This is the story of a beautiful friendship and a careful clutch of people who make this possible. One of the nice things about this book is that all the secondary characters are very well thought-out. They’re each indispensible to the story. The Harrises, Brian’s colleague Roger, the principal of the school, Brian’s counsellor, and Abigail’s teachers. Each of the characters is heartwarming in their efforts to ensure that both flourish.

While I enjoyed this book thoroughly, I felt, at times, that Brian’s ‘episodes’ were long drawn out and seemingly endless. But when I came to the bits where he was on the verge of receiving help, it made me want it so bad too, on his behalf. The author has managed to instill that yearning in the reader as well, which is pretty impressive! Worth a read!

The Ladies of Grace Adieu and Other Stories … a review

This is a book of fairytales, yes, the real kind! I picked it up at the book fair this year judging by it’s beautiful hardback cover. Yes, I am guilty! Anyway, apparently the author Susanna Clarke is quite famous from having written another series of such tales, but I must confess I had never heard of her. So the book has short stories set in strange and mysterious villages, where women weave magic or are woven into it, from time to time. As another reviewer on Goodreads puts it better “She is so good at making a whole world out of hints and references. Notice that she never has to get out of character and explain anything to the reader, she is always able to make the dialogue and the situations do the work for her, letting the action of her scenes reveal everything. This not only creates a strong, confident authorial voice, it also means that she is never obliged to break her pacing to ‘catch us up’, and so the thick, vibrant tone of her stories is never interrupted or betrayed.”

The scenes are usually commonplace and ordinary, but magic, like we all know, lurks behind every other corner. My personal opinion is – read the book if you are fond of fantasy. The style of writing is a bit strange. Not to say that it isn’t good, it is just a little unusual. The plot travels sloooowwwly, and then something quite exciting happens and the pattern is the same for all the stories and that was the thing that kept me going. But the illustrations are beautiful, so beautiful!


Happy Birthday, Robert Louis Stevenson!

He was an alumni of my University, I didn’t know it was going to be that way when I voraciously read his works as a child. I think he is a writer of extraordinary merit and literary genius. I think it is a priviledge to have lived in his country. Here is one of my favourites and one of his littler known works.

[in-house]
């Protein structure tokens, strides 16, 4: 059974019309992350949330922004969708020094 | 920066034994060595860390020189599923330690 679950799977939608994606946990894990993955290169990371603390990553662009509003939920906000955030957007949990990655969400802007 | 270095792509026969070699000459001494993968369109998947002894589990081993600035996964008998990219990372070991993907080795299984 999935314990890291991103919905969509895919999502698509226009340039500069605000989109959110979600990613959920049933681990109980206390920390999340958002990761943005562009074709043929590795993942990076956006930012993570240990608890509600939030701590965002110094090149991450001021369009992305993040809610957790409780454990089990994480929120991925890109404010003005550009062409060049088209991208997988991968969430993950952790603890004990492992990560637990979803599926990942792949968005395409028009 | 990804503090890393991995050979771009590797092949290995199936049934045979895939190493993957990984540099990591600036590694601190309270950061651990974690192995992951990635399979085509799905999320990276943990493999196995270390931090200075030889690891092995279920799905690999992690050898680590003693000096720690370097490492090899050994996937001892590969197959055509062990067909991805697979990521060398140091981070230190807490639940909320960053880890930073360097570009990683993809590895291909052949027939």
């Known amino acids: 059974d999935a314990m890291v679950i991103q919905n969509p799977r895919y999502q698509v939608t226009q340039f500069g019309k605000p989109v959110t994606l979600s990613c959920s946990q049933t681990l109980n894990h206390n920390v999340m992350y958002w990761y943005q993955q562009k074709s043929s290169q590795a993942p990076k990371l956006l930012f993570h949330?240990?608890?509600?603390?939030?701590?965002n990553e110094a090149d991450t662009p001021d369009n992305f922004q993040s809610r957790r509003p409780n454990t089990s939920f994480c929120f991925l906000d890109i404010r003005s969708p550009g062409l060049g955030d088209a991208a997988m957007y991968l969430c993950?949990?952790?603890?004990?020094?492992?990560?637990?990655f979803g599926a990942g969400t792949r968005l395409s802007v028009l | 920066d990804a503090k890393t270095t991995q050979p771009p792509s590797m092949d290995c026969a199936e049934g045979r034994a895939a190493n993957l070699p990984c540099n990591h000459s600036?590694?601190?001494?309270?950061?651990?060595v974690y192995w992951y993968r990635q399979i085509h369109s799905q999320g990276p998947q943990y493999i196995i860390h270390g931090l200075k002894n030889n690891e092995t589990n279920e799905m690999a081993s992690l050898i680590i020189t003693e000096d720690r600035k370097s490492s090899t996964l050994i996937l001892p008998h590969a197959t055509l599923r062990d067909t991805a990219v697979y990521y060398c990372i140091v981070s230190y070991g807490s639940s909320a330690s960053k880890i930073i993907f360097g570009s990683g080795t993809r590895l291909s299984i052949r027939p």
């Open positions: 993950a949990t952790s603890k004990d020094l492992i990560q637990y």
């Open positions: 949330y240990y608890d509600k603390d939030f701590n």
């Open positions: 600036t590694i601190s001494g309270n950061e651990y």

The Lamplighter

My tea is nearly ready and the sun has left the sky.
It’s time to take the window to see Leerie going by;
For every night at teatime and before you take your seat,
With lantern and with ladder he comes posting up the street.

Now Tom would be a driver and Maria go to sea,
And my papa’s a banker and as rich as he can be;
But I, when I am stronger and can choose what I’m to do,
O Leerie, I’ll go round at night and light the lamps with you!

For we are very lucky, with a lamp before the door,
And Leerie stops to light it as he lights so many more;
And oh! before you hurry by with ladder and with light;
O Leerie, see a little child and nod to him to-night!

-Robert Louis Stevenson


Taken on the Royal Mile, Edinburgh

The Book Thief … a review

I have heard so so much about this book since the longest time and so, when I picked it up, I was sure I’d love it. I didn’t know then that the book had been on the New York Times Bestseller list, not did I know that there was a movie, due to hit screens on 15th November. All of this I found out while I was reading the book. All I knew was that it had received rave reviews, that it was narrated by Death, and it was Nazi Germany.

Liesel Meminger, the book thief, is taken in by the Hubermanns who live on Himmel Street. In a novel that symbolises everyday objects, books, an accordion, a window, a street, different characters come alive. All of them battling a fear – fear of the world, fear of getting caught, fear of showing compassion, and fear of living and loving. As Liesel adjusts to life on Himmel Street, she must slowly grow up, she must face up to a cruel world, that will eventually take everything away from her.

Google the book for reasons why it is a must read. However, read on to find out why i didn’t like it. This is not to say that I wouldn’t recommend it; I would, but it is not one of the best ever books as people have made it out to be.

1. It is narrated by Death. Okay, innovative, I agree. But it is only ‘cool’ for the first ten chapters or so, after that, it just becomes normal narration. The Death signature sort of disappears through large parts of the book and then reappears in other bits.

2. I do not like the amount of swearing in the book. It is a way for Rosa Hubermann to demonstrate her acceptance, affection, fear, grief, everything. It put me off. It made me want to skip scenes where she was speaking any sentences riddled with abuses and slangs. She is a brilliant woman, kind and caring, but her verbosity was just annoying.

3. It felt like a very long book. For a large part in the middle, I felt like nothing was happening. I loved the bits where the family hides a Jew, but anything surrounding it was just faff.

For a lovely father-daughter relationship book, read it. For a general everyday life during the war account, read it. So, as far as Nazi Germany themed books are concerned, I will stick to Anne Frank or even Between Shades of Grey.